What you need to know about the skills gap
Tech recruiters find it extremely hard to hire highly-skilled employees. In fact, 64% of HR managers believe that employees won’t be able to keep up the pace with future skills development needs. While 70% of employees admit they haven’t yet acquired all the necessary skills to perform their current job. While the disruption caused by the COVID-19 pandemic has disrupted the US labor market, the skills gap will remain once the crisis is over.
If the skills gap is not addressed, it might lead to a serious recruitment crisis. In the following article, we’re going to talk about what strategic, forward-looking talent managers should know about the skills gap and what they can do to mitigate it.
What is the skills gap?
Before we move on to discussing what tech skills employees lack and what will happen if the skills gap is not addressed, first let’s agree on what the skills gap actually is. There are two definitions that are commonly used:
The first one applies to the difference between the skills required for a job and the skills an employee actually possesses.
While the second definition of the ‘skills gap’ is used to describe the difference between the skills that employers want, as shown by their job advertisements, and those that are available from workers looking for a job.
Why there is a skills gap: what the experts say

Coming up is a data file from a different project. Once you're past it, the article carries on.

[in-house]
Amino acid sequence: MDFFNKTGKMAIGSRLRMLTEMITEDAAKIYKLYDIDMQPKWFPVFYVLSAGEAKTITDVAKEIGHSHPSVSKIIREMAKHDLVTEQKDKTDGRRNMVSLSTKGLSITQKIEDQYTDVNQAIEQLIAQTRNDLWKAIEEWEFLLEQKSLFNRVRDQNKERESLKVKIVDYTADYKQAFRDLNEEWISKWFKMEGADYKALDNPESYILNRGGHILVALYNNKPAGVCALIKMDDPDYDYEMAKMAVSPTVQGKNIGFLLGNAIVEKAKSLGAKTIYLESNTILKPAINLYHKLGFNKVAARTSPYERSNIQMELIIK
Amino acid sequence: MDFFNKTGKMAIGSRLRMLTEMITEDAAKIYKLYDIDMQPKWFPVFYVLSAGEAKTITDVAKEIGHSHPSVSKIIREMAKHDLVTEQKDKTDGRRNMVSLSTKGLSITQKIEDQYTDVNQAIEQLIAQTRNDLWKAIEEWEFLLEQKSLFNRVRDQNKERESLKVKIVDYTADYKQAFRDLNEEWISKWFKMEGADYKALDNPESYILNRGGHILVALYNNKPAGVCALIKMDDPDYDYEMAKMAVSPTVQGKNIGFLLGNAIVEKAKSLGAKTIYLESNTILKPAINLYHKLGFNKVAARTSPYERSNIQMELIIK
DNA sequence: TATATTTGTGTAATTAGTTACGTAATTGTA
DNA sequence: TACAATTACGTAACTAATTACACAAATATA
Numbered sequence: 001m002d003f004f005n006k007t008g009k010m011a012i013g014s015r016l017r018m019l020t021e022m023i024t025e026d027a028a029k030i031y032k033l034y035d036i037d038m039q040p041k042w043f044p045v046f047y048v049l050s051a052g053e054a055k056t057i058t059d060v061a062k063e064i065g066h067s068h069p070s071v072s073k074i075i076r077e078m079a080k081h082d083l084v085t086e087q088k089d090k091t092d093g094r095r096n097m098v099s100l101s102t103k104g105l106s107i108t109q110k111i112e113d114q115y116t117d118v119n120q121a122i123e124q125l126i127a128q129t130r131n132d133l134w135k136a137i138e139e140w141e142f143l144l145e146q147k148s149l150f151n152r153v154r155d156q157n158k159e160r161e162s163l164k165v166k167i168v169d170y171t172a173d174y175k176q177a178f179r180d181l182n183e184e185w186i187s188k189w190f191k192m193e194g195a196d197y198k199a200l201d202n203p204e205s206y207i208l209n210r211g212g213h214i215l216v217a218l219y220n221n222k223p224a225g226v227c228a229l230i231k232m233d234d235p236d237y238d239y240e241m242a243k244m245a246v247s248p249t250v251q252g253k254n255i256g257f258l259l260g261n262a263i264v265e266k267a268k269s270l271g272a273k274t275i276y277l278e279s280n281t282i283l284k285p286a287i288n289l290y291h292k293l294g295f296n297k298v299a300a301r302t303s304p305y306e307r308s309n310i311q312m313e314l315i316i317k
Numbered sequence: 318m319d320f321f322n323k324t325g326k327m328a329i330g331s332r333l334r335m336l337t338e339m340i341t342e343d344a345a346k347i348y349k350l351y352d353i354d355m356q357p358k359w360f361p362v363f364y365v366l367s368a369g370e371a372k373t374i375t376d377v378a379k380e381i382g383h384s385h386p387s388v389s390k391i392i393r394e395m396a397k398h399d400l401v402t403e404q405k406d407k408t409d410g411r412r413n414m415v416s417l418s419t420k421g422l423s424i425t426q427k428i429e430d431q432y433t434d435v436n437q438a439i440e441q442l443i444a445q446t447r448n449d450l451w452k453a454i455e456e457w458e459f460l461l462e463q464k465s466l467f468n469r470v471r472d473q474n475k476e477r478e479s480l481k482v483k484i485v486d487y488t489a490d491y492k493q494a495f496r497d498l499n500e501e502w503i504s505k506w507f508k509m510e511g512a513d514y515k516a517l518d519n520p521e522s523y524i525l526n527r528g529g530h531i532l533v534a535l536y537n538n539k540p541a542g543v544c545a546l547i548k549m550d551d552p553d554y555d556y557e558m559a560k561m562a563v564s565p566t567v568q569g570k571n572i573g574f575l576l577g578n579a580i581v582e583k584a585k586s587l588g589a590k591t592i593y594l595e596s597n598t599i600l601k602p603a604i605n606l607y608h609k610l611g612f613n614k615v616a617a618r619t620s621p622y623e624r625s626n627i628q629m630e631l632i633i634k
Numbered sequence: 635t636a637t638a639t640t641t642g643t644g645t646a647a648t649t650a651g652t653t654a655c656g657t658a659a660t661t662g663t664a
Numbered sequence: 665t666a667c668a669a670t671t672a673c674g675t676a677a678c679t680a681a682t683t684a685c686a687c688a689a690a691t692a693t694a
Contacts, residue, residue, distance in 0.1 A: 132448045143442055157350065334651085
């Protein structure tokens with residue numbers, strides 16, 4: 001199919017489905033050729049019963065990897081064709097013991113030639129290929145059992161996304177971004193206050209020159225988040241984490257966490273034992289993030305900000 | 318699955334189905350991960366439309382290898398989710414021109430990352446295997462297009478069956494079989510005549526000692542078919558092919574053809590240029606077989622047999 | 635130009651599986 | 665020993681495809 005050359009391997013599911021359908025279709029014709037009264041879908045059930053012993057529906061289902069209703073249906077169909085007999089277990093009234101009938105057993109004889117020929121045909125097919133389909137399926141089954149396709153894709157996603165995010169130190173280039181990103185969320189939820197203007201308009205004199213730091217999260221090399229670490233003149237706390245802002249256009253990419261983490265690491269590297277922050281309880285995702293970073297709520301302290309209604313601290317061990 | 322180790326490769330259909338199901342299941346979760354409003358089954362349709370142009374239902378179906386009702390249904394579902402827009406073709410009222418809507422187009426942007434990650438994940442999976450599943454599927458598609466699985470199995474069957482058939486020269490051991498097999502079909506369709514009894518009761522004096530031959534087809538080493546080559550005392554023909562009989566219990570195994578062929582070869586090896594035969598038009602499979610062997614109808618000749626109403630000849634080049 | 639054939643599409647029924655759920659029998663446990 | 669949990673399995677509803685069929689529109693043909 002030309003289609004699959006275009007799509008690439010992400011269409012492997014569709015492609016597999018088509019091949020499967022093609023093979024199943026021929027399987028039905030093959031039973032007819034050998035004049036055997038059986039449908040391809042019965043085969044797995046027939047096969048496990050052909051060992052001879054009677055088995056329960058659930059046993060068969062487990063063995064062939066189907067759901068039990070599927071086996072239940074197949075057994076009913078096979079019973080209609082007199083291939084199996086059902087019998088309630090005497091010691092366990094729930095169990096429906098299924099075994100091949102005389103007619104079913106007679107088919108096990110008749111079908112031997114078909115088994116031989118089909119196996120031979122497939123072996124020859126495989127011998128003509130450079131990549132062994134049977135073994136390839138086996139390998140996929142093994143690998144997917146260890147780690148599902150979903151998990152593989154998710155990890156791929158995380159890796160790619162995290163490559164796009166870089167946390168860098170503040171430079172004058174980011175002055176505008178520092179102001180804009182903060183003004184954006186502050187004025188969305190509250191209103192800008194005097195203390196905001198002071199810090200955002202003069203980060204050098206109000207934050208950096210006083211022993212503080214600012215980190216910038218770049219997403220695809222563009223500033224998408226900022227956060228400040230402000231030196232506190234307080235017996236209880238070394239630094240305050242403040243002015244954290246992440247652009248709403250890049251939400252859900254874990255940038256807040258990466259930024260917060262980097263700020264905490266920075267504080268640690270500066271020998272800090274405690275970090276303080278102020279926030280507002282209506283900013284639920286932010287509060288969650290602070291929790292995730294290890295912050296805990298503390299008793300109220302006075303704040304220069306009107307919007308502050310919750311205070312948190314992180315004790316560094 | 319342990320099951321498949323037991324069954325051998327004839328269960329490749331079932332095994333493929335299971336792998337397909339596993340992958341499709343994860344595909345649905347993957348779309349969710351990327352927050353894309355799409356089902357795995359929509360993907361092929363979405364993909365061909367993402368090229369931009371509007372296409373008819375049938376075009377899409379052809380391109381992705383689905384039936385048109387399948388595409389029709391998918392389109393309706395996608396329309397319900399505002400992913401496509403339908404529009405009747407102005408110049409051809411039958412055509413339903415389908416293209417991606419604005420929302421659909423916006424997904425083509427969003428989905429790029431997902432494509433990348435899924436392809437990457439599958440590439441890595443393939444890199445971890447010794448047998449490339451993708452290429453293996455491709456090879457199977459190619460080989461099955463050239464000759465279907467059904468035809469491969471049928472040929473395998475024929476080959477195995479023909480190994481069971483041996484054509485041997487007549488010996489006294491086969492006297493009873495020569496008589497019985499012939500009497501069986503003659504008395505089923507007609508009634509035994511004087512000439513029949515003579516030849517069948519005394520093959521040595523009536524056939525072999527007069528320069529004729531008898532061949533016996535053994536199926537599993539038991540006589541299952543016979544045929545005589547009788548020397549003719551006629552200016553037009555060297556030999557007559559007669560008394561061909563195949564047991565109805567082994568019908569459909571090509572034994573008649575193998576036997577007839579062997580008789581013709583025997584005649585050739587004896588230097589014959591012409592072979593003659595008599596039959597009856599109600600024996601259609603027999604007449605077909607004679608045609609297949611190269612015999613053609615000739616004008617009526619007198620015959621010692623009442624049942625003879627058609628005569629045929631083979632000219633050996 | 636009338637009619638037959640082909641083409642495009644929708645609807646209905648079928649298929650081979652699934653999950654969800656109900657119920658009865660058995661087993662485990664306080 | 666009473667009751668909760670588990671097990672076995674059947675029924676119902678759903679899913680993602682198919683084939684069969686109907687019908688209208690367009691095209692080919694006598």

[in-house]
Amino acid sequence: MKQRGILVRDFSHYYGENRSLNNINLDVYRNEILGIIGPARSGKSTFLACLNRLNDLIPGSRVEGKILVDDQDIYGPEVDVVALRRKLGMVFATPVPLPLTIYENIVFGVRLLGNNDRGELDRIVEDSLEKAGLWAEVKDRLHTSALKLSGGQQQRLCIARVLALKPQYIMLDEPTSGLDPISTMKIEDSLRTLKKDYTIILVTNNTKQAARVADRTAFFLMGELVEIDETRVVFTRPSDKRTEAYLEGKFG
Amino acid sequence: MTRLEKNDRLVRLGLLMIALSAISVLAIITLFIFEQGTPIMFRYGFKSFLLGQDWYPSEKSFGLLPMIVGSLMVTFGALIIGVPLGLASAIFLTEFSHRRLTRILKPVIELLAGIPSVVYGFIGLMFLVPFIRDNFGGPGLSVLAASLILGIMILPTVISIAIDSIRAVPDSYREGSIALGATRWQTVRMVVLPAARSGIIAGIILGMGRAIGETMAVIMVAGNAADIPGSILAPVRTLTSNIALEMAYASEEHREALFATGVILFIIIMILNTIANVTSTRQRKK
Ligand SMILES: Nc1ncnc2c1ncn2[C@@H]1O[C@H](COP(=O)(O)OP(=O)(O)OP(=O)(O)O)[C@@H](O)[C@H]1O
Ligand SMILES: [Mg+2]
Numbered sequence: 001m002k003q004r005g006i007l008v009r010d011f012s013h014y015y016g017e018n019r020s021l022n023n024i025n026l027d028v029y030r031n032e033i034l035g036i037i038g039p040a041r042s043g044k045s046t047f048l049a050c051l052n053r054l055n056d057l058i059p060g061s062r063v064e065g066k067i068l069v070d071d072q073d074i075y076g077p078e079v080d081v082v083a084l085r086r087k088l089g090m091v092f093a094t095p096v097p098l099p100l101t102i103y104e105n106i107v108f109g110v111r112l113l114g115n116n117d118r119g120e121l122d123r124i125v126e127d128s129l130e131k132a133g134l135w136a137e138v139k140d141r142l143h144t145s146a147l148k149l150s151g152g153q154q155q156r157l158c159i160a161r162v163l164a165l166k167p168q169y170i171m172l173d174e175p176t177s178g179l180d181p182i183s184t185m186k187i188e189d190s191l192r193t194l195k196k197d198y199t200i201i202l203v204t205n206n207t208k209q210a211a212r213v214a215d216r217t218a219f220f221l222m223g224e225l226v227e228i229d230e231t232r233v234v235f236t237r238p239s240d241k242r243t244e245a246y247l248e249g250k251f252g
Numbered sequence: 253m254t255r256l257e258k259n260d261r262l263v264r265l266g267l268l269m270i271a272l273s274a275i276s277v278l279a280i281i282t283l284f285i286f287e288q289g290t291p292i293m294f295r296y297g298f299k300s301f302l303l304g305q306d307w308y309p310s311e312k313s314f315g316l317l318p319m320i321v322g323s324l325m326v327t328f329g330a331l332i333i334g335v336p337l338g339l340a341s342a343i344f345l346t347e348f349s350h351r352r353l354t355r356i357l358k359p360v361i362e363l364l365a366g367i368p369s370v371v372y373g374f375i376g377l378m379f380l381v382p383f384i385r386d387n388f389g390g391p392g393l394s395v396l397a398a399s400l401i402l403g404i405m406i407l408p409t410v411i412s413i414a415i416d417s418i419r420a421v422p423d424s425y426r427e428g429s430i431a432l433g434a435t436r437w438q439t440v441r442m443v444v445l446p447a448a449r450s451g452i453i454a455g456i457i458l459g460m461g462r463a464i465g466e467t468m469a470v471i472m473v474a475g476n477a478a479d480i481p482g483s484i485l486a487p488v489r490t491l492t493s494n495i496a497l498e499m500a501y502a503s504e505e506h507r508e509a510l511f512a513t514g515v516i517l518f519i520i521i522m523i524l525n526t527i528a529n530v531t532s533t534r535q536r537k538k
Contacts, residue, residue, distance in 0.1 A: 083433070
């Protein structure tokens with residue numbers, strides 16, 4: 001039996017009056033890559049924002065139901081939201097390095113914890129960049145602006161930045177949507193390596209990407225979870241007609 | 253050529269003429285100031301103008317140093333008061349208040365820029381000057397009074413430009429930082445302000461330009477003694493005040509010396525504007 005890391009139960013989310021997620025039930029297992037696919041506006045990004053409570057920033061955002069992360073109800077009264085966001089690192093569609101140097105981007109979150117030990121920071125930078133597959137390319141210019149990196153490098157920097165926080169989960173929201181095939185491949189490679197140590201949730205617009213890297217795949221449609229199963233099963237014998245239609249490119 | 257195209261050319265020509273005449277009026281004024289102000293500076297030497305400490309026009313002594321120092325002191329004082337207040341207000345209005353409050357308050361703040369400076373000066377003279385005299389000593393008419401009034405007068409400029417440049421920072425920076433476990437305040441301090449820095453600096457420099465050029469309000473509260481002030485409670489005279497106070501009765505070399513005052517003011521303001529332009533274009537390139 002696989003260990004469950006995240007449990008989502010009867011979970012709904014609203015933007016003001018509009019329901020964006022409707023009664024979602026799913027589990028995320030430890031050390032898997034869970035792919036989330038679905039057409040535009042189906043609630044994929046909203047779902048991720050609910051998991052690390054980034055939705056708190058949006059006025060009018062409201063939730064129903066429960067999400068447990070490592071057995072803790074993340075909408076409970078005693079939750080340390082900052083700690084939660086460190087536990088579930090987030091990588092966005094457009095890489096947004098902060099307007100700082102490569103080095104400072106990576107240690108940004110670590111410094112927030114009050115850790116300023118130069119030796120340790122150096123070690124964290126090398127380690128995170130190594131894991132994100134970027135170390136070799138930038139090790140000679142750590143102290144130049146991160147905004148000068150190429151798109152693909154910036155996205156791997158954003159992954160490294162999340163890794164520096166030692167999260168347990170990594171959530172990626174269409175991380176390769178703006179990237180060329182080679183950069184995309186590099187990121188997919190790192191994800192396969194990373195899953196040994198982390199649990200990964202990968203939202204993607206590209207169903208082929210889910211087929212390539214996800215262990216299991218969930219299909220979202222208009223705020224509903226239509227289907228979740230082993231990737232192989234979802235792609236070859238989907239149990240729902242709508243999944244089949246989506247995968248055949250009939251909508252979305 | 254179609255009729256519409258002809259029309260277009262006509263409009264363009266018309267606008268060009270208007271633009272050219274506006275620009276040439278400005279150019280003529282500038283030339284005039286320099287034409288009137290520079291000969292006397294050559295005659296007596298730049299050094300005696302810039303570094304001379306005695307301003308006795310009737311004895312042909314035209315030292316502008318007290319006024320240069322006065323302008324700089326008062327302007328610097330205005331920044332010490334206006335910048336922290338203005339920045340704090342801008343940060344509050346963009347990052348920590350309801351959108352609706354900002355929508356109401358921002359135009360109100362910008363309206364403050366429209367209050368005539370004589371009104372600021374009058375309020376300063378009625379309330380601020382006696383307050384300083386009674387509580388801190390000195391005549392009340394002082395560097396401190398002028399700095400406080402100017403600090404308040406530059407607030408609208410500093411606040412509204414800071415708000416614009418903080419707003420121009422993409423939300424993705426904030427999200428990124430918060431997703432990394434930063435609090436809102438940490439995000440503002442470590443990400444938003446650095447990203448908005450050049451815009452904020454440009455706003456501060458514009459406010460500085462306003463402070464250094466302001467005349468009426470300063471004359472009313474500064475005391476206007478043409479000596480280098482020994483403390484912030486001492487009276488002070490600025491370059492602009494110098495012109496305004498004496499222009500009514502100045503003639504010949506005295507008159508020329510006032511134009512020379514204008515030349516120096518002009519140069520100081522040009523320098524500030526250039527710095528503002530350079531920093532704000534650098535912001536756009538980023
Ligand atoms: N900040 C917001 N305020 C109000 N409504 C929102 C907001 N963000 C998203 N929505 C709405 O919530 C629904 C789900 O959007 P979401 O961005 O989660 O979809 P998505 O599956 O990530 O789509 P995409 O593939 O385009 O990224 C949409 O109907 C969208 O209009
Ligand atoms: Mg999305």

The skills gap can be observed in every sector and no company irrespective of its size is immune to it. It’s particularly burdensome in the United States, which has the highest number of unfulfilled jobs. According to the U.S. Department of Labor Bureau of Labor Statistics as of early January 2019, there were 6.9 million unfilled job vacancies. How so?
Some claim that American employers have unrealistic expectations regarding job applicants. Peter Capelli says:
“Employers are demanding more of job candidates than ever before. They want prospective workers to be able to fill a role right away, without any training or ramp-up time. To get a job, you have to have that job already.”
Others blame it on digital transformation. In fact, according to the World Economic Forum, only 27% of small companies and 29% of large companies claim to have the digital talent needed to perform jobs effectively. Furthermore, 75% of Business Roundtable CEOs complain about not being able to fill vacancies in STEM-related fields (i.e. computer programmers, web developers, statisticians, etc.).
What tech skills do employees lack?
To further demonstrate the seriousness of the skills gap, we had a look at statistics provided by the TechServe Alliance. These reported no tech job growth in the US in May, August, and September of 2018 – this hasn’t happened for a long time in US history.
Mark Roberts, the CEO of TechServe Alliance says that:
“This is totally a supply-side phenomenon. There are simply not enough qualified workers to meet demand.”
This provokes two questions: what tech skills do employees lack and what tech positions are hard to fill?
LinkedIn identified the top 10 hard skills that will be in high demand in 2020, their list includes Blockchain, cloud computing, analytical reasoning, artificial intelligence, UX design, and others.